It really is amazing how government, when creating laws and regulations, can inadvertently drive unintended consequences placing the very people and businesses they desire to protect at a competitive disadvantage. One example of such a situation relates to boiler law in the State of Ohio.


A boiler is a closed vessel in which water, or other liquid, is heated. The heated or vaporized fluid departs the boiler for various uses or heating applications such as power generation, cooking, sanitation and more. Current Ohio law, established in 1911, prior to the sinking of the Titanic, requires any high or low pressure boiler, which is larger than 30 horsepower, to have a licensed steam engineer or a certified boiler operator in attendance at all times. Each of these professions requires extensive apprenticeships and schooling, followed by testing. A gentleman, an expert in this industry, brought to my attention the fact that Ohio is one of only 8 states mandating a statewide boiler operator licensing requirement and the ONLY state setting the limit for licensed operators at 30 HP.


One horsepower in Ohio is defined as 12 square feet of heating surface, so 30 HP equates to 360 square feet. As you can imagine, in an attempt to avoid the costly labor requirement associated with boilers greater than 30 HP and to take advantage of the way the old law was written, businesses have turned to the “Ohio Special”. You guessed it; the “Ohio Special”, aptly named, is designed to be JUST under the 30 HP limit and avoids the need for an operator. It has become regular practice in Ohio to remove one large boiler, requiring an operator, and install several smaller Ohio Special steam boilers to produce the same amount of steam. However, because of the limited heating surface (must be under 360 square feet) these smaller boilers are by their nature less efficient and do not tend to have the same low emissions technology that is available on standard heating surface boilers.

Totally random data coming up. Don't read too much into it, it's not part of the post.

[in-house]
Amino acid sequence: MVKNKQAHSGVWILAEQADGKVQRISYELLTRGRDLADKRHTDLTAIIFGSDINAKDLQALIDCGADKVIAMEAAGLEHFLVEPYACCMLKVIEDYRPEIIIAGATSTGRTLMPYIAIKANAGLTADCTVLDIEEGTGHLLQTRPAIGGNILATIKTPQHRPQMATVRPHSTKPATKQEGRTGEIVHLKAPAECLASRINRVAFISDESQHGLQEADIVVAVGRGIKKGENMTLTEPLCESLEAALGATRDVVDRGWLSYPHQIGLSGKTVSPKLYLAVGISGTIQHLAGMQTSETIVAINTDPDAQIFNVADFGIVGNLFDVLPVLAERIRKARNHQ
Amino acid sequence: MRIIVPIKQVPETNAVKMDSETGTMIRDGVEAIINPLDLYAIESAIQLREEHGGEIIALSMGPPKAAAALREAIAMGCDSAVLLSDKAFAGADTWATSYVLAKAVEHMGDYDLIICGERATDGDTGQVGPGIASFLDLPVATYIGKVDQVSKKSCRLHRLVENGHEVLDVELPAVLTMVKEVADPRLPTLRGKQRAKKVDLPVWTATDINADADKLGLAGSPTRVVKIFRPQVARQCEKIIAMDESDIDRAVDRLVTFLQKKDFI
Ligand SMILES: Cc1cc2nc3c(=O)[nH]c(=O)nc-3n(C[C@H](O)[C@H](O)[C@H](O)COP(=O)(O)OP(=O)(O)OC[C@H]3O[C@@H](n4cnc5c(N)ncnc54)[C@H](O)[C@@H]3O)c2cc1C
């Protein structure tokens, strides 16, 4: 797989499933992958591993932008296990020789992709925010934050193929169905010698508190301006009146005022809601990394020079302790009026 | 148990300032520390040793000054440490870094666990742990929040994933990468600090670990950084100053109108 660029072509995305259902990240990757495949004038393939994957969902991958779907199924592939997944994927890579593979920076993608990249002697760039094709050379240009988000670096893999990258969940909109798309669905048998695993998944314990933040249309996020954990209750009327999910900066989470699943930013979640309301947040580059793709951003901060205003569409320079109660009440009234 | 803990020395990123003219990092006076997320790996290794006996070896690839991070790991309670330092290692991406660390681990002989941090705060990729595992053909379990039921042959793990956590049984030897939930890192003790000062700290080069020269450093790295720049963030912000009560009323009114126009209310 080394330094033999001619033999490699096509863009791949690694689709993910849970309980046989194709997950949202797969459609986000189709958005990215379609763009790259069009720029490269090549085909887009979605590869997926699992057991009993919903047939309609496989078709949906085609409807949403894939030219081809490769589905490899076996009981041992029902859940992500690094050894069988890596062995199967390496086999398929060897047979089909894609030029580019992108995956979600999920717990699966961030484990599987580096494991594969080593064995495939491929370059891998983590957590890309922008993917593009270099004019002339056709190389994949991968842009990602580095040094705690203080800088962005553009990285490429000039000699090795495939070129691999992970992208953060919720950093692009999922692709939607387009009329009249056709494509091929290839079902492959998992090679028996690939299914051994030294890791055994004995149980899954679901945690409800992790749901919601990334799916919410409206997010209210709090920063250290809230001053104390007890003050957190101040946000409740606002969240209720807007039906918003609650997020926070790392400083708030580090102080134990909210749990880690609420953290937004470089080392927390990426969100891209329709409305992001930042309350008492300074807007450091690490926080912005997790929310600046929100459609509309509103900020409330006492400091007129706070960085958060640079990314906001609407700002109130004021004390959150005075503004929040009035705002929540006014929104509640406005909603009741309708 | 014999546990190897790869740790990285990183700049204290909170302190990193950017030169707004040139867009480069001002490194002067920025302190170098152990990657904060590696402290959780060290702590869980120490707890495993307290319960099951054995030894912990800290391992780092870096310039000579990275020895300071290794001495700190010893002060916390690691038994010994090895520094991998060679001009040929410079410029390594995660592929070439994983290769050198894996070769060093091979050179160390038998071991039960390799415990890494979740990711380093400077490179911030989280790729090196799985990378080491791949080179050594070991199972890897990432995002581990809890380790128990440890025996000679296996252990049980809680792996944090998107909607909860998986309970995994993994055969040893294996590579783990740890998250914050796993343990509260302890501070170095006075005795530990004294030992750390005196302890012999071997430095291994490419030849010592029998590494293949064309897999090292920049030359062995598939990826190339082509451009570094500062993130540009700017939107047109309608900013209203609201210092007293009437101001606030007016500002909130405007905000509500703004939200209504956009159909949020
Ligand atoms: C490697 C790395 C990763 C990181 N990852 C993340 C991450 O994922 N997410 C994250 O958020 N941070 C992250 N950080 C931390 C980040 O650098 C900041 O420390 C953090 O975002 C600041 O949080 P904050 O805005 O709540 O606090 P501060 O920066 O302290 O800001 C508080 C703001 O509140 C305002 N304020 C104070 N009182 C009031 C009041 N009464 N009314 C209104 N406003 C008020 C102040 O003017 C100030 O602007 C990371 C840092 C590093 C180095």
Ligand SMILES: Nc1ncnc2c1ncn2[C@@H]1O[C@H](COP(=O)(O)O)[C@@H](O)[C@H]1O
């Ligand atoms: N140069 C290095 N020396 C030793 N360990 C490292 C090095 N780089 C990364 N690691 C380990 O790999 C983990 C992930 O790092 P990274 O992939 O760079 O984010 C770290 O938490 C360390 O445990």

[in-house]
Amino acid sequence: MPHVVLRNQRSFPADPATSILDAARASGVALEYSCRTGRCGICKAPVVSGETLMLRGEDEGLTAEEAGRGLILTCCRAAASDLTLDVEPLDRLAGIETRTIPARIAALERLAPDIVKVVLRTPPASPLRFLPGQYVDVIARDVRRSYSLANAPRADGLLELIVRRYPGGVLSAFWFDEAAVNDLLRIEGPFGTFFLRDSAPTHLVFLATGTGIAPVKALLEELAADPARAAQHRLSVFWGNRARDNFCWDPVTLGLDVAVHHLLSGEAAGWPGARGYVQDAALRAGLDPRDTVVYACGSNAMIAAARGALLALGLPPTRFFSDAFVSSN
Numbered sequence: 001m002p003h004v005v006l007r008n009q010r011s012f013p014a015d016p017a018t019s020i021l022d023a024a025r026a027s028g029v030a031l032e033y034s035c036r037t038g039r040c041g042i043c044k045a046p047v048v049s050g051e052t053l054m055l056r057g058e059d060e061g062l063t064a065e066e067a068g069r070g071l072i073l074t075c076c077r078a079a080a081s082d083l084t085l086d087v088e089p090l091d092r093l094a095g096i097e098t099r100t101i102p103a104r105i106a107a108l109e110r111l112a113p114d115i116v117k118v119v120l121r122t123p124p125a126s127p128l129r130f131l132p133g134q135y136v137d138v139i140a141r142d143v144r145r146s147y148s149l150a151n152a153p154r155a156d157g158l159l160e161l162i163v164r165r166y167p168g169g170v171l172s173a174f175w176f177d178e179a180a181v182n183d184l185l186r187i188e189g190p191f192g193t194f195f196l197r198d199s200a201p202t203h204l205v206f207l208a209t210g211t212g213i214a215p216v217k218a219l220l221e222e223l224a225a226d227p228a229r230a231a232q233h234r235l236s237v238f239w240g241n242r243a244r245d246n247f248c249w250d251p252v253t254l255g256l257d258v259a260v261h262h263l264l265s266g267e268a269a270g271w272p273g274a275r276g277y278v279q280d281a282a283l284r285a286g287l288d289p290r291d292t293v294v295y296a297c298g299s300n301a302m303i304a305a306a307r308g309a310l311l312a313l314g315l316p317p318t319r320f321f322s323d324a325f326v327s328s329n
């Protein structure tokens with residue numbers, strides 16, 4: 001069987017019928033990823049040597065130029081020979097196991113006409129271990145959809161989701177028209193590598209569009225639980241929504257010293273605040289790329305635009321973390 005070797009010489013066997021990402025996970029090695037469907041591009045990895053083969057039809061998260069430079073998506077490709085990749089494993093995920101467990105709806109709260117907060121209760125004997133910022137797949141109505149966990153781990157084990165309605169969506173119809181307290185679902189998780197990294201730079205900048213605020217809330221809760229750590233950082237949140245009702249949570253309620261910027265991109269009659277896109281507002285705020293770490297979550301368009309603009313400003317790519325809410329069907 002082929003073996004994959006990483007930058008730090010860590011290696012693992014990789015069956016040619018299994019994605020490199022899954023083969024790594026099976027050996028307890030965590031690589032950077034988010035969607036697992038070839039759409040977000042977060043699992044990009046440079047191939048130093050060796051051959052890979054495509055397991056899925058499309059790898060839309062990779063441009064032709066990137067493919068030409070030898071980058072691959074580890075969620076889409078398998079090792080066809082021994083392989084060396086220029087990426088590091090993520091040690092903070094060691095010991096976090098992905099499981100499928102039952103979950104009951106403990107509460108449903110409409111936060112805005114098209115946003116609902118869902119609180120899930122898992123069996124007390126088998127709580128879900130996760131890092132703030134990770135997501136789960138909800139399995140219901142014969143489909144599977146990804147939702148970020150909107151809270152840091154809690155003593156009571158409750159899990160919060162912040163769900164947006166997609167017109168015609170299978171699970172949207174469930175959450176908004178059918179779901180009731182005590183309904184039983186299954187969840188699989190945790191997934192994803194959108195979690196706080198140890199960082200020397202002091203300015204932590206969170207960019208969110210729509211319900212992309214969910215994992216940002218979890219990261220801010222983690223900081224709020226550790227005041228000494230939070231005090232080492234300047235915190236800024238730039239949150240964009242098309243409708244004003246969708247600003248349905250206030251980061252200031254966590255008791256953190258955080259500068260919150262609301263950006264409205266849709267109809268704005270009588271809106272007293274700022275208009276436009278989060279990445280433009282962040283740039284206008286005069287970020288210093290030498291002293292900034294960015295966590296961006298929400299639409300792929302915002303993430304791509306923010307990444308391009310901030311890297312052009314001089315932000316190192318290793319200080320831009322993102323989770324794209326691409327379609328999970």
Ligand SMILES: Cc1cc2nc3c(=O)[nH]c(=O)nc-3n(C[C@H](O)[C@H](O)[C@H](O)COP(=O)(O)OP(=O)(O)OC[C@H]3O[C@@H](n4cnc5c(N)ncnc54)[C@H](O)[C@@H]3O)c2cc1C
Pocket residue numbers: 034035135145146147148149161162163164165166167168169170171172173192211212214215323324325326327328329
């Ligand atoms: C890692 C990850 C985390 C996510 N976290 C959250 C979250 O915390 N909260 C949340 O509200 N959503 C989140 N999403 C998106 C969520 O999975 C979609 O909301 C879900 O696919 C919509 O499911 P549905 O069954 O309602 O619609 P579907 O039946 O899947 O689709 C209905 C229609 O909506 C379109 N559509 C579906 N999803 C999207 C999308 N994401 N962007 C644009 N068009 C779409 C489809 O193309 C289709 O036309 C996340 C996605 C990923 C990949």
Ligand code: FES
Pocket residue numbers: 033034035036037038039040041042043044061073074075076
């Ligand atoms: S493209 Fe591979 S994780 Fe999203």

To address this issue, I have introduced House Bill 12 (HB 12). The idea behind HB 12 is to bring balance and common sense to our boiler operator laws. Specifically, if a boiler meets the safety requirements set forth for boilers by the American Society of Mechanical Engineers or the National Fire Protection Agency then, according to the bill, a licensed operator is not required. To be clear, boilers are large industrial pieces of equipment, which need to be properly constructed, installed, maintained and inspected regularly for them to be safe to operate, but technology has also come a long way since 1911.


HB 12 recognizes the importance of safety, yet balances that with the adverse impact our laws can place on businesses. Currently HB 12 is in the House Commerce and Labor Committee hearing testimony and has a long way to go before it ever has the chance of reaching the governor for his signature. Let us continue to work together to restore common sense to the rules and regulations in Ohio.

 
 
 
  
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